For more information, visit Crionics.ie. I'll let you decide if you're happy to leave your eternal future in the hands of these professionals.

Put off by the high costs, some have resorted to DIY cryonics with mixed results.

Have you arranged to be crionically frozen?

Would you like to be crionically frozen?

Do please leave your coldest comments in the ice-box below.

8 comments:

  1. Some neuroscientists and cryobiologists think that cryonics deserves a second look as a way to try to turn death from a permanent off-state into a temporary and reversible off-state by approaching the problem as a challenge in applied neuroscience. They have set up the Brain Preservation Foundation (with an easily findable website) to raise money for incentive prizes to encourage scientists to push hard on the frontier of current and reachable brain preservation techniques. Two prominent figures in the skeptic community – Michael Shermer and Susan Blackmore – have associated with the Brain Preservation Foundation as advisers, so they apparently consider its goals scientifically defensible.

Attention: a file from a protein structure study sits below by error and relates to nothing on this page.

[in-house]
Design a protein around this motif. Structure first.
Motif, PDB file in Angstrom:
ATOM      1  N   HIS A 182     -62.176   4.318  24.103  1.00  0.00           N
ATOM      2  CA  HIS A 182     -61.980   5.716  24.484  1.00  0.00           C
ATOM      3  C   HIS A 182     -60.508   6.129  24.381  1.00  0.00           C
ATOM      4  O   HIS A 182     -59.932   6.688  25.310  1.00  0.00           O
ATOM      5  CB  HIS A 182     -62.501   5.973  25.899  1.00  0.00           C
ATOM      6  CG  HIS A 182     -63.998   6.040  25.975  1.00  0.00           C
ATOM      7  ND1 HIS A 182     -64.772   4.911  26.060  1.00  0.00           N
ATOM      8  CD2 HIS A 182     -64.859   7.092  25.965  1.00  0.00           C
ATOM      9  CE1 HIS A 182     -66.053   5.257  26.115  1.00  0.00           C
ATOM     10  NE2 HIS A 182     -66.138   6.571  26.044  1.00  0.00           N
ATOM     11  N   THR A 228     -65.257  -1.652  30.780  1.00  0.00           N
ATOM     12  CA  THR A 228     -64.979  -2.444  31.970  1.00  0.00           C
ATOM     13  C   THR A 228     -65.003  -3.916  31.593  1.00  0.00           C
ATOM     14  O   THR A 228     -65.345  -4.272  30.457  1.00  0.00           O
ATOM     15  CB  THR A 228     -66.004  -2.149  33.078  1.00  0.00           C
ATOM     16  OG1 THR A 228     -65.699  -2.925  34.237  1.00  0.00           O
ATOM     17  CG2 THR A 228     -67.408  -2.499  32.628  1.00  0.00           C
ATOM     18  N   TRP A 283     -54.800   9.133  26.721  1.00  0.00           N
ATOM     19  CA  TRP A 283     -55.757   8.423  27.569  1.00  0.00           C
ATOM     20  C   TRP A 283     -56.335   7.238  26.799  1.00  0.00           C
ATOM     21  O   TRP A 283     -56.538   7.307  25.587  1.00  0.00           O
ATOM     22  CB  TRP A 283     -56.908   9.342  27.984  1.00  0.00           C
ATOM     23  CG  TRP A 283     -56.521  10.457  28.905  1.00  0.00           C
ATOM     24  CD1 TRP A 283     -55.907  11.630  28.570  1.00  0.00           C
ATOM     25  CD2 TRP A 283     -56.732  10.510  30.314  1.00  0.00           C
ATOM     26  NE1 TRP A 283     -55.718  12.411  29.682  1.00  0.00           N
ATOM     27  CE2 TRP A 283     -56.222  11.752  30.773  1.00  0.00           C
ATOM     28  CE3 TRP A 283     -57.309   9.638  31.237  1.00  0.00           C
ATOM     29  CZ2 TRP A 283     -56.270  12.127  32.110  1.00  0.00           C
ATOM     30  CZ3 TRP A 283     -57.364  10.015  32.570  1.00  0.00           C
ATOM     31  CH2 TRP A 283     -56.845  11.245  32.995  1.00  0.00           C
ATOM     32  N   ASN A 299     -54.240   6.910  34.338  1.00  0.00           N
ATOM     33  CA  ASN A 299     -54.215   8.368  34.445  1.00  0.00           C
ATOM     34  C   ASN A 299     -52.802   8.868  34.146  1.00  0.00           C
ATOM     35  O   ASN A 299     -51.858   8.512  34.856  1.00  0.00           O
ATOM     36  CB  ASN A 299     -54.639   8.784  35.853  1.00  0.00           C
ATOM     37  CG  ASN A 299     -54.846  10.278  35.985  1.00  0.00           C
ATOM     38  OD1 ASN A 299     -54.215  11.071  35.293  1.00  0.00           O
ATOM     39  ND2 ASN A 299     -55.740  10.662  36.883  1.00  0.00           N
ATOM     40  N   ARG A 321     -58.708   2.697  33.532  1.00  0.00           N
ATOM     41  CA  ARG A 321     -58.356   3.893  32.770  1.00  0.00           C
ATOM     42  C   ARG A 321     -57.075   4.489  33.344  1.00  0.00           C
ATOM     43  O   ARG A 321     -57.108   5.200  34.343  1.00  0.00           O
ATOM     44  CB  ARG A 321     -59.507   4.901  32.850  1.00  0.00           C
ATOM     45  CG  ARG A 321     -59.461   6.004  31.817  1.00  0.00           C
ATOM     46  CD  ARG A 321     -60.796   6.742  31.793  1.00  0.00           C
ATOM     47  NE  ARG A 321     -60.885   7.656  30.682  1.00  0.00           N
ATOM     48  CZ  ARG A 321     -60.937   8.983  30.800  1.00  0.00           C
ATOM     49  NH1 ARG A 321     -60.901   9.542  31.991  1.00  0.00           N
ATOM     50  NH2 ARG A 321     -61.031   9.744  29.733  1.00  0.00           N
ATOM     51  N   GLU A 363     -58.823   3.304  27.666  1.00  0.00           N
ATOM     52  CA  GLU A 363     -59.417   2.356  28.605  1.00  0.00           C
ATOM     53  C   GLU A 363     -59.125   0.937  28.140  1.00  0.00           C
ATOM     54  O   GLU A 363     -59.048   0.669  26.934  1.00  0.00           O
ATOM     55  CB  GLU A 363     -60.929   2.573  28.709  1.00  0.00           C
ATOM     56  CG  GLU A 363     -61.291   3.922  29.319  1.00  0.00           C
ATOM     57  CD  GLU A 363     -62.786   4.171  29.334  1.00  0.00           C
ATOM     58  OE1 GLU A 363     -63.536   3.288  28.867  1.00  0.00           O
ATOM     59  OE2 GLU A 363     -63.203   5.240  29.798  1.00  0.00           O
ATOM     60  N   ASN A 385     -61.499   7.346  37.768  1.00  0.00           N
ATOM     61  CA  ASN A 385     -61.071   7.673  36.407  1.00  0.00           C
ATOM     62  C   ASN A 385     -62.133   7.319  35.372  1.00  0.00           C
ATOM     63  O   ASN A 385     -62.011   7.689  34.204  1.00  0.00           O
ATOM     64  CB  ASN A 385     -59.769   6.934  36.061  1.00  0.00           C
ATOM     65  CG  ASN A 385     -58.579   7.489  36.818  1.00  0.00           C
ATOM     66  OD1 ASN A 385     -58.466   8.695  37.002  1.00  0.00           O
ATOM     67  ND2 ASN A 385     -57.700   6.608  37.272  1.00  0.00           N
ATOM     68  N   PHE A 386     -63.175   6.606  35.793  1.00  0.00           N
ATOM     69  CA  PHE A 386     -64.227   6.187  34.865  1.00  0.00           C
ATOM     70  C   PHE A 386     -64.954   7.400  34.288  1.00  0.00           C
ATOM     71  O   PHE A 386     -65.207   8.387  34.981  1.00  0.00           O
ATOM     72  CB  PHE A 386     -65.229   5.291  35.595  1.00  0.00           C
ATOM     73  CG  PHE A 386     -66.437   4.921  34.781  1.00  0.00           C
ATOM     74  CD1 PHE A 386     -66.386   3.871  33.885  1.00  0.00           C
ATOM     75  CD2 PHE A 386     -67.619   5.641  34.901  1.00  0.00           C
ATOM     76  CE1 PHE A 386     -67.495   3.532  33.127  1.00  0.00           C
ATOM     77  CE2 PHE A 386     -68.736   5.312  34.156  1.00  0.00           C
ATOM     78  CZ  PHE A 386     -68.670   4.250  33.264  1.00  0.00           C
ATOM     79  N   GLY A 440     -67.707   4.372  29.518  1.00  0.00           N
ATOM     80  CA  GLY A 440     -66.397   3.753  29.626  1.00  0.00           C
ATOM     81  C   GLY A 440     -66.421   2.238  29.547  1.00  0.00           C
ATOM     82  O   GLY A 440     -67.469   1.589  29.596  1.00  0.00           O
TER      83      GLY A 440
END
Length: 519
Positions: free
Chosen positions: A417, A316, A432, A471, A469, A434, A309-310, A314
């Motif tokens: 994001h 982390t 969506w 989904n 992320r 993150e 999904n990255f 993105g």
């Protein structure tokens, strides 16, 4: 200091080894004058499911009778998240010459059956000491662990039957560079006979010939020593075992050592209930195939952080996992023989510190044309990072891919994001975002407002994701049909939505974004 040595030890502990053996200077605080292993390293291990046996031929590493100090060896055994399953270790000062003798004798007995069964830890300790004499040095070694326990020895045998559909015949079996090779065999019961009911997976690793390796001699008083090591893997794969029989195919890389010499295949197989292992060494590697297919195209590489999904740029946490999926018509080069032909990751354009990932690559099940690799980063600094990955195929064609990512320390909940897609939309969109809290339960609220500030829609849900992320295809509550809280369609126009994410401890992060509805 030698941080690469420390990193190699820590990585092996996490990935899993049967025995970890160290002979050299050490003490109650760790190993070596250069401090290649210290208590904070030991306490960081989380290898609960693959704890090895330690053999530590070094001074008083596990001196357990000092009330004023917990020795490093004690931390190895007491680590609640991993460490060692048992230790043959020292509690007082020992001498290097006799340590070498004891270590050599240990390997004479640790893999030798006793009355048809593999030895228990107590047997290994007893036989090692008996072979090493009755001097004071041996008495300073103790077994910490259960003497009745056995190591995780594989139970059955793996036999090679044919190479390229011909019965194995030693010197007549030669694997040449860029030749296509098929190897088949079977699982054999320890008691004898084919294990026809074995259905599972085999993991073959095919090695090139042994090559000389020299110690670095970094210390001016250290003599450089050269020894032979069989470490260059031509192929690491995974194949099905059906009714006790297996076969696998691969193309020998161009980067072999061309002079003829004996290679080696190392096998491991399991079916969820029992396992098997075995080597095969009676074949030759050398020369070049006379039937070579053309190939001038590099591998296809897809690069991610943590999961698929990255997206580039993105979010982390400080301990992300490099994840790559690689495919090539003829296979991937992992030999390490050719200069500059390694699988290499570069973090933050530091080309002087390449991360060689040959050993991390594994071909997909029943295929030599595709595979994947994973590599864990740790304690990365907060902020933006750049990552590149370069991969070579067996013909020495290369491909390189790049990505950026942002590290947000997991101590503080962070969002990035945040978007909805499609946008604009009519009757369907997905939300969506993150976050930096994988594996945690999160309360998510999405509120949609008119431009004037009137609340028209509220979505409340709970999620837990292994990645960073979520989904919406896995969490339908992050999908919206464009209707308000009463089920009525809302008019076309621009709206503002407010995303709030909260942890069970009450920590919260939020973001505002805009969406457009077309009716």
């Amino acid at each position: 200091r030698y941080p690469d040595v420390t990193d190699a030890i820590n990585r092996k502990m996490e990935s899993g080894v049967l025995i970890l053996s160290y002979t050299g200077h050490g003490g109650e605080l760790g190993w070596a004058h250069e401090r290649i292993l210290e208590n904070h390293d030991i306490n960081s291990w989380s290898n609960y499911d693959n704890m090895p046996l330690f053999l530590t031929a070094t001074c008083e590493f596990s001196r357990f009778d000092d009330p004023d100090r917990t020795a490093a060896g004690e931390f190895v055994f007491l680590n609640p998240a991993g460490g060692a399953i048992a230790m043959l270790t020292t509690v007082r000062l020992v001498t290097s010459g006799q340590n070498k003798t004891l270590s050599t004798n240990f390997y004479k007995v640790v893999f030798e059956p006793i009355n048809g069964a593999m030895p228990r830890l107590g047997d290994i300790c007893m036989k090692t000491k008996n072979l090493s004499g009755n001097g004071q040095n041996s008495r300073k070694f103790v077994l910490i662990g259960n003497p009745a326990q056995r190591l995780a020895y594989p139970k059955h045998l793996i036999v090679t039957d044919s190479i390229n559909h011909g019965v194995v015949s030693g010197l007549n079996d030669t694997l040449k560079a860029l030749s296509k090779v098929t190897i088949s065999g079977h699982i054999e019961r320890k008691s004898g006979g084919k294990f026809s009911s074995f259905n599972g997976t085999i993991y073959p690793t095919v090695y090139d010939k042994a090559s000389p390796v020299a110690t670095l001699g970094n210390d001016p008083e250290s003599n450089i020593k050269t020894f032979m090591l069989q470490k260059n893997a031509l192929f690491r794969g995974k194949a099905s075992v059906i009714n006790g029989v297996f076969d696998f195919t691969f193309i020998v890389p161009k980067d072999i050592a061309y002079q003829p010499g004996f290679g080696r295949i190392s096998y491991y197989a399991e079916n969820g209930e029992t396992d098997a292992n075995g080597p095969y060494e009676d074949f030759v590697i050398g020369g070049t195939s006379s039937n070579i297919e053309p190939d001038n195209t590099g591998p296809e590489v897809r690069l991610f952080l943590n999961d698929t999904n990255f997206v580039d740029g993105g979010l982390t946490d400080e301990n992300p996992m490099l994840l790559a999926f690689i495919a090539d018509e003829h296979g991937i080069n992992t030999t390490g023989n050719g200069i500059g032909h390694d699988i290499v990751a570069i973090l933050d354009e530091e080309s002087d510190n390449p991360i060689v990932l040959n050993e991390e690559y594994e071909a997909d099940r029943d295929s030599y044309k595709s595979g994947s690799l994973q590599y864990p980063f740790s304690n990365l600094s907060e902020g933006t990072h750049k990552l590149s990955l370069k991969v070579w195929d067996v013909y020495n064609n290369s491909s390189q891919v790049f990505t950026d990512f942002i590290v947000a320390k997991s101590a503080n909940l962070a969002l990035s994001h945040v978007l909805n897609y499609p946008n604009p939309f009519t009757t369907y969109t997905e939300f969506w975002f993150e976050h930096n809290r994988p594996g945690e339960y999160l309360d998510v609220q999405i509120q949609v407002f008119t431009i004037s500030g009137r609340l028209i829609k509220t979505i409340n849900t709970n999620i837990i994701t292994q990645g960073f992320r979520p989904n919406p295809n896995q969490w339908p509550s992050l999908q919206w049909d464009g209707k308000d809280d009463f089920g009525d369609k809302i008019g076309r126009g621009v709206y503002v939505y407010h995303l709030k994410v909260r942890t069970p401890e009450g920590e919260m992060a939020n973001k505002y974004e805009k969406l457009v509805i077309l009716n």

ReplyDelete
    Replies
    1. Hi Mark. Thanks for commenting and welcome to Lexicolatry : o )

      You've posted a serious comment, so I shall respond seriously (I know my post was a little mocking of cryonics generally).